Well, it turns out that this trip to California happened when he was five years old, and he can barely remember anything except his astonishment at seeing a giant robot shark trying to eat a scuba diver, when he truly thought he was going to his house. So, no harm, no foul.

Next time, I told him, try to write about something that happened more recently so that the details are clear in your mind and you can tell a vivid story.  But, I'm not too sure that much is clear in his mind, ever, so that could be a challenge, too. Sigh.

Ha! Ha! Ha!

"Dyslexic devil worshippers sell their souls to Santa."   (bumper sticker my friend recently saw)

Saturday, September 17, 2011

Multiple Intelligences

The concept of multiple intelligences is popular in education circles. The point is made that different people have different ways of being skilled. "...our schools and culture focus most of their attention on linguistic and logical-mathematical intelligence." There are other ways of learning and having innate ability. I've attended workshops and classes that explain and promote this theory of learning and teaching, and I have antecdotal experience that there is something to it.

But, I'm not talking about Dr. Gardner's work today. I've had my own theory of "multipile intelligences" for many years. Actually, it may be more of a "multiple beings" theory.  I posit that we all have our intellectual/logical being, and our emotional/impulse being, and...our spiritual being. Yes, there are more than two sides to the coin. Now, as you read this, you may being thinking--duh--who doesn't know this. And that is because you may have been accessing all three of them throughout your life. Many people do.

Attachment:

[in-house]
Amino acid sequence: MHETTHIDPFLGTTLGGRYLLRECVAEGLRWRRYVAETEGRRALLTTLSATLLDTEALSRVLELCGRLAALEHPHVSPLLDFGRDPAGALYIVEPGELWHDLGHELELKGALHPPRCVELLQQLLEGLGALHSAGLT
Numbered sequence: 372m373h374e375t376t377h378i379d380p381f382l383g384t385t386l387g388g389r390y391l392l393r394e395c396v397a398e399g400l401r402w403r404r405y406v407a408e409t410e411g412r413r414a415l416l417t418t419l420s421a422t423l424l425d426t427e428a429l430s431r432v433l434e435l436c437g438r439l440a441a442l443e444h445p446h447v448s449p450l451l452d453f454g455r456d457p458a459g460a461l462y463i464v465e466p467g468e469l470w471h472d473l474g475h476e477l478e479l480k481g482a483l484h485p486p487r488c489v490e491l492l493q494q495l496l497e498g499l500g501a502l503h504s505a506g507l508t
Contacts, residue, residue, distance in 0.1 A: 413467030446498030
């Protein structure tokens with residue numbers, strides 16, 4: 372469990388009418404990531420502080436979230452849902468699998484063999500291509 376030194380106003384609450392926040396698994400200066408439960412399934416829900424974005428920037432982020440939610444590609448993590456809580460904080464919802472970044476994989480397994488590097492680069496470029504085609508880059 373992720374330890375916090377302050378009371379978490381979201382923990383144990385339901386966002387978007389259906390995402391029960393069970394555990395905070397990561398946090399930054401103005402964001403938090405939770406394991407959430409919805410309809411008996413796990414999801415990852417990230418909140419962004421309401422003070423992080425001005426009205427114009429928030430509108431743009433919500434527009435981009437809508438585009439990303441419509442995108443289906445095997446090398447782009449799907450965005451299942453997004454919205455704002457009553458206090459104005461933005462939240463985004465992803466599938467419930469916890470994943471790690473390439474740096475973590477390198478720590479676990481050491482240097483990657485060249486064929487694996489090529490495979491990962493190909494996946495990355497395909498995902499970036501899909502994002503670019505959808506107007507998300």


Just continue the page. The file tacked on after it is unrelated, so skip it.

But, as I've read and listened to various works,  I've begun to realize that there are people who are unaware that there is a spiritual being. They have learned to rely on their intellectual/logic being only. I recognize that our emotional/impulse being is the one we spend our lives trying to control and dominate if we hope to stay out of jail, save money, keep our jobs, maintain good personal relationships, etc. But, sometimes that effort prevents one from recognizing, or trusting, the spiritual being.

I heard some terrific talks recently from people who became participants in religious congregations as adults and I learned a powerful idea from them. Several of the people were, at first, frightened or put-off by the "feelings" they experienced when first coming to church, or participating in a funeral or some other religion-related affair. The feelings were powerful, real and intimidating, and the speakers explained that they'd never felt this way before. It was confusing and difficult to deal with because of their lack of context or understanding. Later, they came to know that it was the Holy Spirit giving them knowledge. But, when one only has experienced emotional/impulsive or intellectual/logic reactions, a powerful spiritual experience cannot be immediately understood or processed.

I've been working on this concept for some time. And today I read another writer's explanation. I will quote him here, but you should definitely go to the source and read his entire article.

Christ spoke in parables to both friends and enemies in Jerusalem.  His followers grasped what He was teaching because they were tracking on a deeper level.  But his enemies were baffled; they were the blind ones with eyes to see but see not, and ears to hear and hear not.  They were strangers to spiritual intellect. 
So what appears to the world to be stupid may instead be deep and profound. What appears to be blind following may turn out to be well-informed discipleship.  All because of spiritual intellect and its attendant personal revelation.

See: spiritual intellect! That's what I've been trying to articulate. Everything in this world cannot be understood through logic. We also need to access our spiritual intellect. It isn't emotion, impulse or superstition. We have a third way to process our experiences. Just like our logical intellect, the spiritual intellect needs to be cultivated or it will weaken and lose acuity. Use or lose it--brains, muscles or spirituality--it makes sense to me.

Thursday, September 15, 2011

Happy, Happy Birthday to Her